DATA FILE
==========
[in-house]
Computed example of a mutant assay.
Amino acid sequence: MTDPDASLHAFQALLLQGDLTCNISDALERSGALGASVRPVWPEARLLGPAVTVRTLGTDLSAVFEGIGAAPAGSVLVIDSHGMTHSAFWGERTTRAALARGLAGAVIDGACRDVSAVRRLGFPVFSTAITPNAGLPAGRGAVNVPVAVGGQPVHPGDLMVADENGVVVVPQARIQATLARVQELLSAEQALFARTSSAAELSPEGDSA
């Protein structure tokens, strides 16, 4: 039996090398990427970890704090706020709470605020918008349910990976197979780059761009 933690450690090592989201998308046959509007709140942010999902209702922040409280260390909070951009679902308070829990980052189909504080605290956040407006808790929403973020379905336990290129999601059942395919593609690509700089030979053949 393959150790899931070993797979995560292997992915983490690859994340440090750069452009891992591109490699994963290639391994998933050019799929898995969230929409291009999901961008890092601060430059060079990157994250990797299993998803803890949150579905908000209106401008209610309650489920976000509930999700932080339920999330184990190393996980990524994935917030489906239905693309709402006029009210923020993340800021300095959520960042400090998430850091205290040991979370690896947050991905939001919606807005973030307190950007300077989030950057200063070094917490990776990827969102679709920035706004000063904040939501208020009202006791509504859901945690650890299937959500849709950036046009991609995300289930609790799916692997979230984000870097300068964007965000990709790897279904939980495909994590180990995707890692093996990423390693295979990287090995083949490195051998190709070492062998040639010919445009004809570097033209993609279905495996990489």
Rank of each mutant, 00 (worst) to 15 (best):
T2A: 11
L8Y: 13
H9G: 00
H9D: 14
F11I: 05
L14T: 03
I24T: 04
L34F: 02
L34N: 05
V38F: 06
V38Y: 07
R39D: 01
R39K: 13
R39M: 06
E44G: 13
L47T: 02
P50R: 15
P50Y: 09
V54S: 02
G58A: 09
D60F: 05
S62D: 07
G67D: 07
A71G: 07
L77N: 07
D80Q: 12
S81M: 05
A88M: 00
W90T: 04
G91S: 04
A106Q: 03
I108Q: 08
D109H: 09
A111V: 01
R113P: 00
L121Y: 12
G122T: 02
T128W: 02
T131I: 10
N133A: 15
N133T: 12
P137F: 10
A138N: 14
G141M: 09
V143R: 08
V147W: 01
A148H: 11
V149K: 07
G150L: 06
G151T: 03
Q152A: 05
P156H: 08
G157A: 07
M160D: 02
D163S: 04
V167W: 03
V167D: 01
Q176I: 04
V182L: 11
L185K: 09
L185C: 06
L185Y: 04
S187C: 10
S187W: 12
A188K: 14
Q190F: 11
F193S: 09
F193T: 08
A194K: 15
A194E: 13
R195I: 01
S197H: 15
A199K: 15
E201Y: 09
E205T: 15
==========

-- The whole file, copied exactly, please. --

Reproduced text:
[in-house]
Computed example of a mutant assay.
Amino acid sequence: MTDPDASLHAFQALLLQGDLTCNISDALERSGALGASVRPVWPEARLLGPAVTVRTLGTDLSAVFEGIGAAPAGSVLVIDSHGMTHSAFWGERTTRAALARGLAGAVIDGACRDVSAVRRLGFPVFSTAITPNAGLPAGRGAVNVPVAVGGQPVHPGDLMVADENGVVVVPQARIQATLARVQELLSAEQALFARTSSAAELSPEGDSA
């Protein structure tokens, strides 16, 4: 039996090398990427970890704090706020709470605020918008349910990976197979780059761009 933690450690090592989201998308046959509007709140942010999902209702922040409280260390909070951009679902308070829990980052189909504080605290956040407006808790929403973020379905336990290129999601059942395919593609690509700089030979053949 393959150790899931070993797979995560292997992915983490690859994340440090750069452009891992591109490699994963290639391994998933050019799929898995969230929409291009999901961008890092601060430059060079990157994250990797299993998803803890949150579905908000209106401008209610309650489920976000509930999700932080339920999330184990190393996980990524994935917030489906239905693309709402006029009210923020993340800021300095959520960042400090998430850091205290040991979370690896947050991905939001919606807005973030307190950007300077989030950057200063070094917490990776990827969102679709920035706004000063904040939501208020009202006791509504859901945690650890299937959500849709950036046009991609995300289930609790799916692997979230984000870097300068964007965000990709790897279904939980495909994590180990995707890692093996990423390693295979990287090995083949490195051998190709070492062998040639010919445009004809570097033209993609279905495996990489």
Rank of each mutant, 00 (worst) to 15 (best):
T2A: 11
L8Y: 13
H9G: 00
H9D: 14
F11I: 05
L14T: 03
I24T: 04
L34F: 02
L34N: 05
V38F: 06
V38Y: 07
R39D: 01
R39K: 13
R39M: 06
E44G: 13
L47T: 02
P50R: 15
P50Y: 09
V54S: 02
G58A: 09
D60F: 05
S62D: 07
G67D: 07
A71G: 07
L77N: 07
D80Q: 12
S81M: 05
A88M: 00
W90T: 04
G91S: 04
A106Q: 03
I108Q: 08
D109H: 09
A111V: 01
R113P: 00
L121Y: 12
G122T: 02
T128W: 02
T131I: 10
N133A: 15
N133T: 12
P137F: 10
A138N: 14
G141M: 09
V143R: 08
V147W: 01
A148H: 11
V149K: 07
G150L: 06
G151T: 03
Q152A: 05
P156H: 08
G157A: 07
M160D: 02
D163S: 04
V167W: 03
V167D: 01
Q176I: 04
V182L: 11
L185K: 09
L185C: 06
L185Y: 04
S187C: 10
S187W: 12
A188K: 14
Q190F: 11
F193S: 09
F193T: 08
A194K: 15
A194E: 13
R195I: 01
S197H: 15
A199K: 15
E201Y: 09
E205T: 15